Now, I fully understand that you all are looking for more information and want to get ahead of this matter, but we cannot from our position. We need to do our part to cooperate with the special counsel. That's what we --


Q Don't you end up with a credibility problem --


MR. McCLELLAN: Hang on. That's what we've done, and that's what we will continue to do.


Q But don't you end up -- don't you end up with a credibility problem?


MR. McCLELLAN: Well, I've already addressed that issue.


Q Well, can you address it again? Again, the unanswered question --


MR. McCLELLAN: What's the question?


Q Unanswered questions about Vice President Cheney. This is the man who --


MR. McCLELLAN: Well, we hope people aren't trying to politicize an ongoing investigation. People need to let the investigation continue. Some might try to politicize the investigation, and that's their business. But what we're going to do is not comment on it further from this podium in order to help the investigation move forward and to allow for there to be a fair and impartial hearing.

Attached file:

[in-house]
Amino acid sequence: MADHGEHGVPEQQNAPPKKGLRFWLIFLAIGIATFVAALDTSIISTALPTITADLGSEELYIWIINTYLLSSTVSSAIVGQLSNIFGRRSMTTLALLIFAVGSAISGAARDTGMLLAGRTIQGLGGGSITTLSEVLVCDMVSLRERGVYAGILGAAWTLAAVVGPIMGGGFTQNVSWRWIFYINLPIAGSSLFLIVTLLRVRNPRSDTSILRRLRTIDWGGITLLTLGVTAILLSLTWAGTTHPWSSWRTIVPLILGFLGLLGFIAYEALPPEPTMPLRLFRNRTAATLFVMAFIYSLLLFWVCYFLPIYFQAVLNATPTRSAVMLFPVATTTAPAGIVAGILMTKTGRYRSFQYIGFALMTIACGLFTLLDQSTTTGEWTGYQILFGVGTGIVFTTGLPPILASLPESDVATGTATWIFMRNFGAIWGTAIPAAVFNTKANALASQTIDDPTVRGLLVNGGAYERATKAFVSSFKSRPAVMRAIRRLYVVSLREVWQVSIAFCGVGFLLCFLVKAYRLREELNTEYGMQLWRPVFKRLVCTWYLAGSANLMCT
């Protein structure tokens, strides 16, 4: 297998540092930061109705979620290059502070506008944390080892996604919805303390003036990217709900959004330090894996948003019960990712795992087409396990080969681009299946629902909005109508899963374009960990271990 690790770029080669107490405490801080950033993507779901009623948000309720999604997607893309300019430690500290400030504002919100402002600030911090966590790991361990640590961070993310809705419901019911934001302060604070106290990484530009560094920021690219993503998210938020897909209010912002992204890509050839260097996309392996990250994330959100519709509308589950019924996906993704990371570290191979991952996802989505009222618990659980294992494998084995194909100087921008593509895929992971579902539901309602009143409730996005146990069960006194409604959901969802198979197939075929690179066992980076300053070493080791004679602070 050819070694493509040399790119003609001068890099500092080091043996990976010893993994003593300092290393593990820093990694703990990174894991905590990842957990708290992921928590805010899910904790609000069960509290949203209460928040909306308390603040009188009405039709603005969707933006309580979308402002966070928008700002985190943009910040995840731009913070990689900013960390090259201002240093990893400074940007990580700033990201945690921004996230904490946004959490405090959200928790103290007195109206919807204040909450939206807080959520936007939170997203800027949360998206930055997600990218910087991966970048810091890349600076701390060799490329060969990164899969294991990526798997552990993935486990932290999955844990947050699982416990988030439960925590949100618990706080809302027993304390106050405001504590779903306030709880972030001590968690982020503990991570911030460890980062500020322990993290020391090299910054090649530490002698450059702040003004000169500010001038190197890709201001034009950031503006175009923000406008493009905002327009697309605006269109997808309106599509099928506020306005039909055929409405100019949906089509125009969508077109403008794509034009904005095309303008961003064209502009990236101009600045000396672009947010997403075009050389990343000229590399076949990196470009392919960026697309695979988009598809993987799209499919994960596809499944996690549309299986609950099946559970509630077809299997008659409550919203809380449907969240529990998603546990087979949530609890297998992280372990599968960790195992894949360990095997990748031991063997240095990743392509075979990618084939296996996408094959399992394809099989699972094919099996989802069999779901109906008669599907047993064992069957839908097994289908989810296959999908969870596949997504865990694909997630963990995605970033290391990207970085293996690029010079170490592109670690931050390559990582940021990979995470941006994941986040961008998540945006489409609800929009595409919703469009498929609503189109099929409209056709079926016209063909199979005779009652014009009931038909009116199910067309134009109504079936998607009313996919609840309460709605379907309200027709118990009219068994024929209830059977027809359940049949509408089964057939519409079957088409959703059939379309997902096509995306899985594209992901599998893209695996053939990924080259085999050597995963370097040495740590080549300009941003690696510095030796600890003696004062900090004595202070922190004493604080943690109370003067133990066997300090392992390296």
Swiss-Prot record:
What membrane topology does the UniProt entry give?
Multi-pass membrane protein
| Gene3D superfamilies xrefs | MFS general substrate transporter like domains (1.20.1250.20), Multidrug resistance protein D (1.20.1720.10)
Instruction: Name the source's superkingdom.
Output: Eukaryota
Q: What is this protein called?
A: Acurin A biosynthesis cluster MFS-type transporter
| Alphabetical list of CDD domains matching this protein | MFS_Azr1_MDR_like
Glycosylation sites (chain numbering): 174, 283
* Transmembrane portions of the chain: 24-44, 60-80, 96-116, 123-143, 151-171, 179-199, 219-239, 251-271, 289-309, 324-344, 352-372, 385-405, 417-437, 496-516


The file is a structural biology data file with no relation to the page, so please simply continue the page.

Q But do you feel that it is necessarily politicizing an -- politicizing an investigation to seek -- seek clarification about the actions of the top levels of this White House?


MR. McCLELLAN: I've already indicated, one, that we'll be glad to talk more about the matter once it's come to a conclusion

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Guest askme
When the leak first became news, President Bush insisted that it was a serious matter and pledged to fire anyone who was involved in leaking an undercover CIA agent's identity.


But Bush could have taken care of the entire matter in a single day, simply by calling in senior administration officials and asking them whether they were involved. But he deliberately chose not to, even before a special prosecutor began the investigation.


As we now know, the people that he would have questioned are very, very capable of lying.



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Guest Sunshine

Will anyone explain in laymans terms why Karl Rove still retains his clearance, even though he is still under federal investigation?